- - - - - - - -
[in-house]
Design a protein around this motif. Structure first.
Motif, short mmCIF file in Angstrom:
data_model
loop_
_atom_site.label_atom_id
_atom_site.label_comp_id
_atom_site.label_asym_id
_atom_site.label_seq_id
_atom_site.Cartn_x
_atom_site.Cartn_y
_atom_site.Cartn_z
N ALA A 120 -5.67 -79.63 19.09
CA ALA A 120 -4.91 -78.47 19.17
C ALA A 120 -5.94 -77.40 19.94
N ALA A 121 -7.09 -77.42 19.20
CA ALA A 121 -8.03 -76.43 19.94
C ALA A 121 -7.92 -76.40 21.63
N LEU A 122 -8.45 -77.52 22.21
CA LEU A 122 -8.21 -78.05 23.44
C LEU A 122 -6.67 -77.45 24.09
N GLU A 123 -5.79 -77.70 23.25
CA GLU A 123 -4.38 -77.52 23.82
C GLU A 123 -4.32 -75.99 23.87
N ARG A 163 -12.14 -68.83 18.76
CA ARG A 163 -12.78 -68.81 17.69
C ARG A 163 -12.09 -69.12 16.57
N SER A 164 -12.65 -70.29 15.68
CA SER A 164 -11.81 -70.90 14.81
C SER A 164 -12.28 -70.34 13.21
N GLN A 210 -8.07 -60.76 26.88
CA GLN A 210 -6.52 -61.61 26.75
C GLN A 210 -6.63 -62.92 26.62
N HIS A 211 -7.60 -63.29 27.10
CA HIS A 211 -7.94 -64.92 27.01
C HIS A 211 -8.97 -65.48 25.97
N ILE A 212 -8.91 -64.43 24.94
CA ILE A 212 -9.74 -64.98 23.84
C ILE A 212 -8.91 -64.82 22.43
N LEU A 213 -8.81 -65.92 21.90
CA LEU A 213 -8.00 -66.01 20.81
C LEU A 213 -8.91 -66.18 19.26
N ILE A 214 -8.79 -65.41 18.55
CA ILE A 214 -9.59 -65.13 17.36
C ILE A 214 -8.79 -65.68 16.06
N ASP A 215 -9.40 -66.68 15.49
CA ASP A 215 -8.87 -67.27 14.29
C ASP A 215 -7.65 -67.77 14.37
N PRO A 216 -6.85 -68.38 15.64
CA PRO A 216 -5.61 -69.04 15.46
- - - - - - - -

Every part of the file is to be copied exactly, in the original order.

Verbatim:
[in-house]
Design a protein around this motif. Structure first.
Motif, short mmCIF file in Angstrom:
data_model
loop_
_atom_site.label_atom_id
_atom_site.label_comp_id
_atom_site.label_asym_id
_atom_site.label_seq_id
_atom_site.Cartn_x
_atom_site.Cartn_y
_atom_site.Cartn_z
N ALA A 120 -5.67 -79.63 19.09
CA ALA A 120 -4.91 -78.47 19.17
C ALA A 120 -5.94 -77.40 19.94
N ALA A 121 -7.09 -77.42 19.20
CA ALA A 121 -8.03 -76.43 19.94
C ALA A 121 -7.92 -76.40 21.63
N LEU A 122 -8.45 -77.52 22.21
CA LEU A 122 -8.21 -78.05 23.44
C LEU A 122 -6.67 -77.45 24.09
N GLU A 123 -5.79 -77.70 23.25
CA GLU A 123 -4.38 -77.52 23.82
C GLU A 123 -4.32 -75.99 23.87
N ARG A 163 -12.14 -68.83 18.76
CA ARG A 163 -12.78 -68.81 17.69
C ARG A 163 -12.09 -69.12 16.57
N SER A 164 -12.65 -70.29 15.68
CA SER A 164 -11.81 -70.90 14.81
C SER A 164 -12.28 -70.34 13.21
N GLN A 210 -8.07 -60.76 26.88
CA GLN A 210 -6.52 -61.61 26.75
C GLN A 210 -6.63 -62.92 26.62
N HIS A 211 -7.60 -63.29 27.10
CA HIS A 211 -7.94 -64.92 27.01
C HIS A 211 -8.97 -65.48 25.97
N ILE A 212 -8.91 -64.43 24.94
CA ILE A 212 -9.74 -64.98 23.84
C ILE A 212 -8.91 -64.82 22.43
N LEU A 213 -8.81 -65.92 21.90
CA LEU A 213 -8.00 -66.01 20.81
C LEU A 213 -8.91 -66.18 19.26
N ILE A 214 -8.79 -65.41 18.55
CA ILE A 214 -9.59 -65.13 17.36
C ILE A 214 -8.79 -65.68 16.06
N ASP A 215 -9.40 -66.68 15.49
CA ASP A 215 -8.87 -67.27 14.29
C ASP A 215 -7.65 -67.77 14.37
N PRO A 216 -6.85 -68.38 15.64
CA PRO A 216 -5.61 -69.04 15.46